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Economic burden of hospitalisation for congestive heart failure among adults in the Philippines
  1. Bernadette A Tumanan-Mendoza1,2,
  2. Victor L Mendoza3,4,
  3. April Ann A Bermudez-Delos Santos1,
  4. Felix Eduardo R Punzalan1,5,
  5. Noemi S Pestano1,
  6. Rudy Boy Natividad1,
  7. Louie Alfred Shiu1,
  8. Renelene Macabeo1,
  9. Hilton Y Lam6
  1. 1 Department of Internal Medicine, Section of Cardiology, Manila Doctors Hospital, Manila, Philippines
  2. 2 Department of Clinical Epidemiology, University of the Philippines Manila, College of Medicine, Manila, Philippines
  3. 3 Department of Internal Medicine, Section of Cardiology, De La Salle University Medical Center, Dasmariñas, Cavite, Philippines
  4. 4 Department of Physiology, De La Salle Health Sciences Institute, Dasmariñas, Cavite, Philippines
  5. 5 Department of Internal Medicine, Section of Cardiology, Philippine General Hospital, Manila, Philippines
  6. 6 Institute of Health Policy Development, National Institutes of Health, University of the Philippines, Manila, Philippines
  1. Correspondence to Dr Bernadette A Tumanan-Mendoza, Manila Doctors Hospital 667 United Nations Avenue, Ermita, Manila, Philippines; bernadette.tumanan{at}


Objectives Hospitalisation for congestive heart failure (CHF) was reported to be 1648 cases for every 100 000 patient claims in 2014 in the Philippines; however, there are no data regarding its economic impact. This study determined CHF hospitalisation cost and its total economic burden. It compared the healthcare-related hospitalisation cost from the societal perspective with the payer’s perspective, the Philippine Health Insurance Corporation (PhilHealth).

Methods This is a cost analysis study. Data were obtained from representative government/private hospitals and a drugstore in all regions of the country. Healthcare costs included cost of diagnostics/treatment, professional fees and other CHF-related hospital charges, while non-healthcare costs included production losses, transportation and food expenses.

Results The overall mean healthcare-related cost for CHF hospitalisation (class III) in government hospitals in the Philippines in 2014 was PHP19 340–PHP28 220 (US$436–US$636). In private hospitals, it was PHP28 370–PHP41 800 (US$639–US$941). In comparison, PhilHealth’s coverage/CHF case rate payment is PHP15 700 (US$354). The mean non-healthcare cost was PHP10 700–PHP14 600 (US$241–US$329). Using PhilHealth’s case rate payment and the prevalence of CHF hospitalisation in 2014, the total economic burden was PHP691 522 200 (US$15 574 824). Using the study results on healthcare-related cost meant that the total economic burden for CHF hospitalisation would instead be PHP851 850 000–PHP1 841 563 000 (US$19 185 811–US$41 476 644).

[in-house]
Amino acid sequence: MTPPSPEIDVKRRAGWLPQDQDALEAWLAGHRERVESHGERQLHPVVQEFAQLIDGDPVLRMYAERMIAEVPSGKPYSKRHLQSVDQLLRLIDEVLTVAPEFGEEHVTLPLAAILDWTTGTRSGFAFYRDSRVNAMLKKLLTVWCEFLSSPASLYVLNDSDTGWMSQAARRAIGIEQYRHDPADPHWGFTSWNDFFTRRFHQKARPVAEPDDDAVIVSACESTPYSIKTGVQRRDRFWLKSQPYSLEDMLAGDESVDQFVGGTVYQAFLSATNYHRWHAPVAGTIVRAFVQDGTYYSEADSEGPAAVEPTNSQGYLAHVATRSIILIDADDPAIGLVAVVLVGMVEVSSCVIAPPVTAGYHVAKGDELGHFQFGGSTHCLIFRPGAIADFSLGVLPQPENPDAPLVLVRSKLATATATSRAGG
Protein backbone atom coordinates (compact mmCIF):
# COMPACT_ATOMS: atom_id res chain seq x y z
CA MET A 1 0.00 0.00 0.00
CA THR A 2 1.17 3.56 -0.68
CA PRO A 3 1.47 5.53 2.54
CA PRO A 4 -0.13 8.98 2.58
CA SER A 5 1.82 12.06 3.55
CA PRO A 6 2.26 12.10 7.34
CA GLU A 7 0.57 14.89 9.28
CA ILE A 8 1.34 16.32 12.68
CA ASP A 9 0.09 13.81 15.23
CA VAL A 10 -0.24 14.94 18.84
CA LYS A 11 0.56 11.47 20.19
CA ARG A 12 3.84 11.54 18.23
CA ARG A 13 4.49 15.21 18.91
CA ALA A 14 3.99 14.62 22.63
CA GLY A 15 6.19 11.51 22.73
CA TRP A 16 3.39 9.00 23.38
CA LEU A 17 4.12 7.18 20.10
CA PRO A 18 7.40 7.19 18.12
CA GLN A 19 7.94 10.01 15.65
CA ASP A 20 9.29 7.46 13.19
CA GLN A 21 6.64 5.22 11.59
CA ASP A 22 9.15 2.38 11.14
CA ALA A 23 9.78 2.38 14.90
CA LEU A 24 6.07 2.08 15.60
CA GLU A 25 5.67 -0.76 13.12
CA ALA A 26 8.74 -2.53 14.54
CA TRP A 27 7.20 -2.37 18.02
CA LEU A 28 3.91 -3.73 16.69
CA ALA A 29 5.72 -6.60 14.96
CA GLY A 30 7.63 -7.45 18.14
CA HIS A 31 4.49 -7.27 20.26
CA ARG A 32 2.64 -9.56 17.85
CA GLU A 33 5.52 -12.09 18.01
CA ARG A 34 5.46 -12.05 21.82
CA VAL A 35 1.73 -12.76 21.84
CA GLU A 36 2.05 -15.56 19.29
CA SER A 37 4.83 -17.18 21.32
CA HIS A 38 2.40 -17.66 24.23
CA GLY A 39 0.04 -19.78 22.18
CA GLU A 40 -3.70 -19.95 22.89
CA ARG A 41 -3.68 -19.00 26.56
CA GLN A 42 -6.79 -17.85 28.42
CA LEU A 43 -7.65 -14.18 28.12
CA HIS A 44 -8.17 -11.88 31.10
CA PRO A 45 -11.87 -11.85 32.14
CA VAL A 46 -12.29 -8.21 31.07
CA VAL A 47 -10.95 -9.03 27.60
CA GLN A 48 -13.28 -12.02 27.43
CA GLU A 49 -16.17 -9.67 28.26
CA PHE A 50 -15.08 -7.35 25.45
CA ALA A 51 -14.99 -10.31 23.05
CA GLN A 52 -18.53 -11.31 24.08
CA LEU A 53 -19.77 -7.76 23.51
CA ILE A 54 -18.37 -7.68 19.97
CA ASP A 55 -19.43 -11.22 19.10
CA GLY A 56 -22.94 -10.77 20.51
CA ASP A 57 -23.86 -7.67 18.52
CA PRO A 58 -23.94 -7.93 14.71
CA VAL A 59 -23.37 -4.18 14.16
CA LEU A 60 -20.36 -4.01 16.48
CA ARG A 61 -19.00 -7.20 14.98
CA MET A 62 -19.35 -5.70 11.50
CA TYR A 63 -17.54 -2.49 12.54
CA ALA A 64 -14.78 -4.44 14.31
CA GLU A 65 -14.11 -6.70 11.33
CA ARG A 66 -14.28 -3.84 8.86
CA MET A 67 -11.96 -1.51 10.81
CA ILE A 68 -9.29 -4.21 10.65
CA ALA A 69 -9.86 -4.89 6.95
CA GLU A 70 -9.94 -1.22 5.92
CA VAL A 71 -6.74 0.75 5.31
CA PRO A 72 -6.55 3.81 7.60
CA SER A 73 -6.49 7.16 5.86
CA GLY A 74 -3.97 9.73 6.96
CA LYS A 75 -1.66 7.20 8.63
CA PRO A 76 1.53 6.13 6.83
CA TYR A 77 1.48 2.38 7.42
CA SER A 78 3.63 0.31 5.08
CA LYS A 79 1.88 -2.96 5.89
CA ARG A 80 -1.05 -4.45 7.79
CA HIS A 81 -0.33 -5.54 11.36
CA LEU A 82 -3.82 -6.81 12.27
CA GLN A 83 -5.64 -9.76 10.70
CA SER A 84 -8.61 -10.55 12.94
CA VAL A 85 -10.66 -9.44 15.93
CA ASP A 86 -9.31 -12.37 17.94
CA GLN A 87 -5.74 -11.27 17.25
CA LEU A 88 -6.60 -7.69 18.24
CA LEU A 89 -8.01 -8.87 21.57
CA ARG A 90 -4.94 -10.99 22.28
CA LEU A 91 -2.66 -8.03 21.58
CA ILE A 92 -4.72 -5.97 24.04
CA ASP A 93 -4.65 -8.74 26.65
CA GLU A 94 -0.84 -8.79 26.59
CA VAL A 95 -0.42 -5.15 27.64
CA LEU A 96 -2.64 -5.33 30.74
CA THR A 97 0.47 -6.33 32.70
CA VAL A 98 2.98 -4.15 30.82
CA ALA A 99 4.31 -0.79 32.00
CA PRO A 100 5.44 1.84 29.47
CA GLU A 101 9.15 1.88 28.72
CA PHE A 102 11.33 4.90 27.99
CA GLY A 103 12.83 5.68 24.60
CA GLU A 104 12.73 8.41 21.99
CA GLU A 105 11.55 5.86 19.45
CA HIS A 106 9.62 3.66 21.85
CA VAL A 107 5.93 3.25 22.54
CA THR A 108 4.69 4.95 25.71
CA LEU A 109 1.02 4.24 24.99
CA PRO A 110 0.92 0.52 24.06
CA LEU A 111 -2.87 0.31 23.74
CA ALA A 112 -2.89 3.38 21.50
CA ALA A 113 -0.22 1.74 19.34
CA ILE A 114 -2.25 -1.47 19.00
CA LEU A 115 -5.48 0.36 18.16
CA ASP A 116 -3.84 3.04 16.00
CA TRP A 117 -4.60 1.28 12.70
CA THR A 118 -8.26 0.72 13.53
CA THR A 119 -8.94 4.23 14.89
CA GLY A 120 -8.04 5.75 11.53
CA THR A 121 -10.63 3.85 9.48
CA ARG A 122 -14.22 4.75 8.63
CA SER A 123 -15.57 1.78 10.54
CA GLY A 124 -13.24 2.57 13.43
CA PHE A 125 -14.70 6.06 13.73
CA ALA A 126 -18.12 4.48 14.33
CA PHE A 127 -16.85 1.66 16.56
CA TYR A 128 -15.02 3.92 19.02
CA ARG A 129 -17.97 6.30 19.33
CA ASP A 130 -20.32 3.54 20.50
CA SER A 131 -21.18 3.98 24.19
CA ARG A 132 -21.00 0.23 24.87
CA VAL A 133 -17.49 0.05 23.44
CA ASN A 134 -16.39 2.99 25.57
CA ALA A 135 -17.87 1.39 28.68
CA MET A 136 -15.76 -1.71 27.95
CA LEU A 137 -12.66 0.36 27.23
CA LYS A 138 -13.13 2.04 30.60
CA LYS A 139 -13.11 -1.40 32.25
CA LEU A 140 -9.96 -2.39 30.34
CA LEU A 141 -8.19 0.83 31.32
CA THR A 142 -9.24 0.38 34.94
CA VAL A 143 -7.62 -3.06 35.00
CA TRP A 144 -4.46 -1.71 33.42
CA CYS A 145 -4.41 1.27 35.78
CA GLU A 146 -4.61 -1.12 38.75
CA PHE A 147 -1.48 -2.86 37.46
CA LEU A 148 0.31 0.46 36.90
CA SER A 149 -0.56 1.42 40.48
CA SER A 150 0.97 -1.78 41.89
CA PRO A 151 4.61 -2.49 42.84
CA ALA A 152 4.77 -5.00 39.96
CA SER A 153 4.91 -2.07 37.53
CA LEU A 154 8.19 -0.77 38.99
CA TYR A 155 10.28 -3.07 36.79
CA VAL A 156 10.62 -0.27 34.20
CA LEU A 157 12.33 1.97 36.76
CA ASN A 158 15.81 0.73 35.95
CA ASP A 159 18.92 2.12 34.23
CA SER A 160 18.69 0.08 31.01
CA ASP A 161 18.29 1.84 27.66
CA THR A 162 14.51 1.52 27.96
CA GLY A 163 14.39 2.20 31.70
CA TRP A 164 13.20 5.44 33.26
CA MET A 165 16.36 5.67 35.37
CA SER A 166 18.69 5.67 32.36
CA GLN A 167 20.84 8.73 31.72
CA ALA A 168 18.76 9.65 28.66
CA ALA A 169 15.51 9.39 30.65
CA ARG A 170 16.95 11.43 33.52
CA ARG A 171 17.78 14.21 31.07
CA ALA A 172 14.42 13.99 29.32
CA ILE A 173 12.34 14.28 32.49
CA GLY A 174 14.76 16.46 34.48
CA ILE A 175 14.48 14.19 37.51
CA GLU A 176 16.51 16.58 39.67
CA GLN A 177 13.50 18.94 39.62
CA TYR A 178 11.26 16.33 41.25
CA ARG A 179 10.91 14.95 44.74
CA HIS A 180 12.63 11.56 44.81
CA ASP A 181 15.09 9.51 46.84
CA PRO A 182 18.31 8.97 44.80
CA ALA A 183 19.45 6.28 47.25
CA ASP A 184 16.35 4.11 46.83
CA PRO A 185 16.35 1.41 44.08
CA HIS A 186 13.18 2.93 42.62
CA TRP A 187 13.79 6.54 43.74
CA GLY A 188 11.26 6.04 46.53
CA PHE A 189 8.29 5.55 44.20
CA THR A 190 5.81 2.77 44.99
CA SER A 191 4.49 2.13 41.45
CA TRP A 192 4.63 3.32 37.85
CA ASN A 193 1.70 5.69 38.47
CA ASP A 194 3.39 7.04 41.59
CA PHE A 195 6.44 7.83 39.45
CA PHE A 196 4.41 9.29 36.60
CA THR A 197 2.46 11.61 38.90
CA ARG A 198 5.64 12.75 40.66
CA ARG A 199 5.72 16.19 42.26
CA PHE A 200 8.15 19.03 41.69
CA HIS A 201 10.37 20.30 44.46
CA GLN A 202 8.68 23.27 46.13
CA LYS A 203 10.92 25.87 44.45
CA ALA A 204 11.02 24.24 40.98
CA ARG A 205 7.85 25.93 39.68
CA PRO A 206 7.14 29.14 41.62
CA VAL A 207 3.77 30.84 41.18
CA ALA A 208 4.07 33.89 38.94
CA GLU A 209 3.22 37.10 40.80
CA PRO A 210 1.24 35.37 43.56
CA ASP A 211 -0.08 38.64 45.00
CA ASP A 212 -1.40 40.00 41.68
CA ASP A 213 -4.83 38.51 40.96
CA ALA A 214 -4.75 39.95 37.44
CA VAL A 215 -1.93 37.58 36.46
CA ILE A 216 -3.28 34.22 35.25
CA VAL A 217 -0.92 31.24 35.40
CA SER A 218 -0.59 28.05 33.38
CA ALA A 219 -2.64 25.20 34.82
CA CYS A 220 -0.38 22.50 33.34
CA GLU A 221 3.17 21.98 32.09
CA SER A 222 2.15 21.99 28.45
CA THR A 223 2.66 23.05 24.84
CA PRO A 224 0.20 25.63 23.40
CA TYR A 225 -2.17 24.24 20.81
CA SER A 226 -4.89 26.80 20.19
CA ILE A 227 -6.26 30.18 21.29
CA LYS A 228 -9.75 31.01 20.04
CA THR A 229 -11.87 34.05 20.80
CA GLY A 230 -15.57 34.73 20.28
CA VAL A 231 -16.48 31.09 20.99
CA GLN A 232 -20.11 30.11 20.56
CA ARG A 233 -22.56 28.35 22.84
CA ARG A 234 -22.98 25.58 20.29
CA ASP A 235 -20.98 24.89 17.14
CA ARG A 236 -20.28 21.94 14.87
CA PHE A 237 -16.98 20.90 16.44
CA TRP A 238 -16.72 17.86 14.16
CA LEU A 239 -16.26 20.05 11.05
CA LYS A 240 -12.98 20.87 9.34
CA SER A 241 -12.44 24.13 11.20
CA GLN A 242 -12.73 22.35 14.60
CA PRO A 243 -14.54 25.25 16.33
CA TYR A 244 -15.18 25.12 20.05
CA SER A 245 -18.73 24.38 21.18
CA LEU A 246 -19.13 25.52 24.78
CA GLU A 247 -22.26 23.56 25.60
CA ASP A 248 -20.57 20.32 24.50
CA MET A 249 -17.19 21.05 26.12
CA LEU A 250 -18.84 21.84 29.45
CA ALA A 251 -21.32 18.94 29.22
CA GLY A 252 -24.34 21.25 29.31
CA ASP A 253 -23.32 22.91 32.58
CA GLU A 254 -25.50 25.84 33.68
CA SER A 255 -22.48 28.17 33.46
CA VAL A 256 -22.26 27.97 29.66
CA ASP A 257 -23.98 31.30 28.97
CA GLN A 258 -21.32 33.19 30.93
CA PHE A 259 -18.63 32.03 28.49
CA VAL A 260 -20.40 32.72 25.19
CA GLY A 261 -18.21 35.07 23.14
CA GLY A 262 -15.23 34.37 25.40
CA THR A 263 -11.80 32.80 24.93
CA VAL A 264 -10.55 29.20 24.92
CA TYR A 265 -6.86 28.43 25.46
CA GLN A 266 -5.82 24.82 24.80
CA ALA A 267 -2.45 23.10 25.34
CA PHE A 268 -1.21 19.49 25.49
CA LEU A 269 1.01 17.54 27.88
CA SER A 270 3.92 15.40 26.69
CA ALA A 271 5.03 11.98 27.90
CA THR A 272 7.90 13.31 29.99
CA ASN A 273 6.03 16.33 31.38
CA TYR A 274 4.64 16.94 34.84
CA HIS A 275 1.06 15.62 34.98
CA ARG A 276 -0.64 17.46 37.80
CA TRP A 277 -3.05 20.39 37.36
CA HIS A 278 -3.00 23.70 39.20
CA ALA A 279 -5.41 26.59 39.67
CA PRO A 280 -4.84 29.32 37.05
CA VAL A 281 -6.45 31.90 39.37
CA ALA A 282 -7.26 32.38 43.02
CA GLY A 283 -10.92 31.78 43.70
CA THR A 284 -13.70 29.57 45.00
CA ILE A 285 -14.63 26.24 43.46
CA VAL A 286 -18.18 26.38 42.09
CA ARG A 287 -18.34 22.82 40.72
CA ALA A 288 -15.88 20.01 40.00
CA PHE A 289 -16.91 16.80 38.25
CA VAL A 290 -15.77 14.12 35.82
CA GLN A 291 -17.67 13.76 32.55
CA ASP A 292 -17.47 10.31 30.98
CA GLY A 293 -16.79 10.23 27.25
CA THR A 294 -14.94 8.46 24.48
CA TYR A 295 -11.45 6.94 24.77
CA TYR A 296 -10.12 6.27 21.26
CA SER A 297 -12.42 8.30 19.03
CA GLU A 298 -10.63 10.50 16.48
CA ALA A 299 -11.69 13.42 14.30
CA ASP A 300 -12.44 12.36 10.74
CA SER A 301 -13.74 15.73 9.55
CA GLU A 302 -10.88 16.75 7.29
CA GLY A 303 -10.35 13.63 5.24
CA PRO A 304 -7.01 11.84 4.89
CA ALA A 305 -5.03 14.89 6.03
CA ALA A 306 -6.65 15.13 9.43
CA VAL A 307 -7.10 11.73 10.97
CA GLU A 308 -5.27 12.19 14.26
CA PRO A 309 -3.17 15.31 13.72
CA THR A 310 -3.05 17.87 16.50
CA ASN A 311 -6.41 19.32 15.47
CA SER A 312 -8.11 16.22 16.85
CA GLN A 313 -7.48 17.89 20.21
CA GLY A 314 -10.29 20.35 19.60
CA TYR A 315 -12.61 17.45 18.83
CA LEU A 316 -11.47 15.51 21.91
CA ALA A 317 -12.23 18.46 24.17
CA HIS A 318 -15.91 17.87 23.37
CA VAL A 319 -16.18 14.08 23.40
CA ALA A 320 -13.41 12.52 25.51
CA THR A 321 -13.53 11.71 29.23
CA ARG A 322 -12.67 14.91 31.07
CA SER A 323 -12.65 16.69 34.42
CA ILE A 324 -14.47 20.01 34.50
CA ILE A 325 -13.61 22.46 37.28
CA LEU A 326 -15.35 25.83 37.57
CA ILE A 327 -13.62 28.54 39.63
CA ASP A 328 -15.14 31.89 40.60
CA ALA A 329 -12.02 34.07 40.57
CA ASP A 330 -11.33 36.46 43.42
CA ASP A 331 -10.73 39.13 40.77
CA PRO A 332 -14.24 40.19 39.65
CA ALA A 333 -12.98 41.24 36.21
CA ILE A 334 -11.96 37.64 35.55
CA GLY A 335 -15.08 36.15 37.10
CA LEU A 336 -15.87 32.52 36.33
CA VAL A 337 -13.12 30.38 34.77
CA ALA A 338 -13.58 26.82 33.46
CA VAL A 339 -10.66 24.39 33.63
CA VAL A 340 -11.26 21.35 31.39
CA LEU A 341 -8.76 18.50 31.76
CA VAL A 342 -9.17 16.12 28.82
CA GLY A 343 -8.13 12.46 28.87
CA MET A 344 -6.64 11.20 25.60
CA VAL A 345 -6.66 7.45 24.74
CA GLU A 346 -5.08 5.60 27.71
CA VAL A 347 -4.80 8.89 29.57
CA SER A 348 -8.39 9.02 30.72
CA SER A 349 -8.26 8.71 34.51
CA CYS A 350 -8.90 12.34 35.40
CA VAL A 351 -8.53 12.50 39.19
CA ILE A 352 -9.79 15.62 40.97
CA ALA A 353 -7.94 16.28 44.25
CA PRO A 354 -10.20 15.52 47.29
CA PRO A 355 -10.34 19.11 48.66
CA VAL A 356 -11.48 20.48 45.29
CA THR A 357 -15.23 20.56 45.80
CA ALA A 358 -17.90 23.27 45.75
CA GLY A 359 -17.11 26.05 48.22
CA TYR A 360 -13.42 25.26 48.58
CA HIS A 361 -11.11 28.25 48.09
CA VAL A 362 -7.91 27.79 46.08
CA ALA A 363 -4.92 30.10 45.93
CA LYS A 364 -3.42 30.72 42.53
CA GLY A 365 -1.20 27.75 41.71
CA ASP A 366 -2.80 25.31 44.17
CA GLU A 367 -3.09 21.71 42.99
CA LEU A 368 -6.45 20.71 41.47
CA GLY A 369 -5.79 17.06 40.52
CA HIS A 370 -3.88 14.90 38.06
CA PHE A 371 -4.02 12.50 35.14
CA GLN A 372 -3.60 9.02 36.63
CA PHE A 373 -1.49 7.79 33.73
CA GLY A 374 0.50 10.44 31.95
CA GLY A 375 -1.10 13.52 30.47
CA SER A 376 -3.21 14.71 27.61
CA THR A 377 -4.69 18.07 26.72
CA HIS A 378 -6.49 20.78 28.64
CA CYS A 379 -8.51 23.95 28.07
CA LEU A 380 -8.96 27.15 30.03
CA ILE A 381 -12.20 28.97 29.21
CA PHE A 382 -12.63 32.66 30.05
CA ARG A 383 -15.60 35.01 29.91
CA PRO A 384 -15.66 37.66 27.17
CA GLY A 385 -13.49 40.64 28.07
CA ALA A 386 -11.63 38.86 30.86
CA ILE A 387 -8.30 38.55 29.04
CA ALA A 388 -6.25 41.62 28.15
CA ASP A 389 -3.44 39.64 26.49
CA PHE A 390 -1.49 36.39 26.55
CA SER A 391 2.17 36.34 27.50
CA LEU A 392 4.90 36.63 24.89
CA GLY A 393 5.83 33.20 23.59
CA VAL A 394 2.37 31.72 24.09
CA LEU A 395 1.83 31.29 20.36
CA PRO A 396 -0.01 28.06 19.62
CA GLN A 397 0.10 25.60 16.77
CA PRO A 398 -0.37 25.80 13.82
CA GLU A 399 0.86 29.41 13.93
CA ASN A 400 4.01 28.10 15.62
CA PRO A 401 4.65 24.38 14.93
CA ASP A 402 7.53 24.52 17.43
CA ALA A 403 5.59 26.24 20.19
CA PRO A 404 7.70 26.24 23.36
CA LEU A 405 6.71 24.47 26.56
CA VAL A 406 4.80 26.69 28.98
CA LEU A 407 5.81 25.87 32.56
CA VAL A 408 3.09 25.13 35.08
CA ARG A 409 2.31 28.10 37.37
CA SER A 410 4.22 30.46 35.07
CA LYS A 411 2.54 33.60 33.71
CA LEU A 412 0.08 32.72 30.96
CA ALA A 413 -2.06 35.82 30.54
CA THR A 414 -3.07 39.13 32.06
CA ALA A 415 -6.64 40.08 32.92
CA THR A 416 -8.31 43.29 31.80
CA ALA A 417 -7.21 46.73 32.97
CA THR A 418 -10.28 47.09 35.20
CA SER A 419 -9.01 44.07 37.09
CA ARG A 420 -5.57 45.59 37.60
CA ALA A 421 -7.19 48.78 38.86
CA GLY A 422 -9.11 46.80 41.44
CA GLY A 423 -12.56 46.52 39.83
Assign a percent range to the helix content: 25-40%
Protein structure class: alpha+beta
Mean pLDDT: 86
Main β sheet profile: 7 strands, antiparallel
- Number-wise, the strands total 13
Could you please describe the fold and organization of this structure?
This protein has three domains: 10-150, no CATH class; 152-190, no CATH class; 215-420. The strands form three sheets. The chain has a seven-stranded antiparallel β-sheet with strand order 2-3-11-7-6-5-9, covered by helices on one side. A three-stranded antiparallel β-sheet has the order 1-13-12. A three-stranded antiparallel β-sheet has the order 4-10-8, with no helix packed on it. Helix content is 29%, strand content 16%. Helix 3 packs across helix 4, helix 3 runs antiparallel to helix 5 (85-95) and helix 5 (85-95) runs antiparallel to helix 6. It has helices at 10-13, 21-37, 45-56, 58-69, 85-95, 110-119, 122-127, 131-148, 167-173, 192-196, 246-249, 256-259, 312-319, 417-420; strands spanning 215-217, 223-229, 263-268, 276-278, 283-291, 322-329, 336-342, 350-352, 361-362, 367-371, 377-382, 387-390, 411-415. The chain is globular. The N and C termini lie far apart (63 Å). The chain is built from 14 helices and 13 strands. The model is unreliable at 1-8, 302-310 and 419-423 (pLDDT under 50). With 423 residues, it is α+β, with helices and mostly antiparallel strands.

Conclusions The calculated healthcare-related hospitalisation cost for CHF in the Philippines in 2014 demonstrates the disparity between the actual cost and PhilHealth’s coverage. This implies a need for policymakers to review its coverage to make healthcare delivery affordable.

  • heart failure
  • public health
  • delivery of care

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  • Contributors All authors have contributed to the protocol development. BAT-M monitored the data collection, analysed the data, prepared the draft of the paper and did revisions prior to its submission to Heart Asia. VLM contributed to the data collection, analysis of the data and revisions of the draft prior to the submission process. AAAB-dS helped in the data collection, revising the drafts and completing the requirements for the submission process. FERP reviewed the draft of the paper before submission for possible publication. NSP, RBN, LAS and RM contributed to the data collection and NSP also reviewed the draft. HYL reviewed the draft prior to the publication process. BAT-M is the guarantor. All authors have given approval to this version for publication.

  • Funding The paper was funded through a research service agreement from Novartis Healthcare Philippines, Inc. to De La Salle Health Sciences Institute, Dasmariñas, Cavite. The authors developed the protocol, analysed the results and wrote the paper independently of the sponsor.

  • Competing interests None declared.

  • Patient consent Not required.

  • Ethics approval Independent Ethics Committee, De La Salle Health Sciences Institute.

  • Provenance and peer review Not commissioned; externally peer reviewed.

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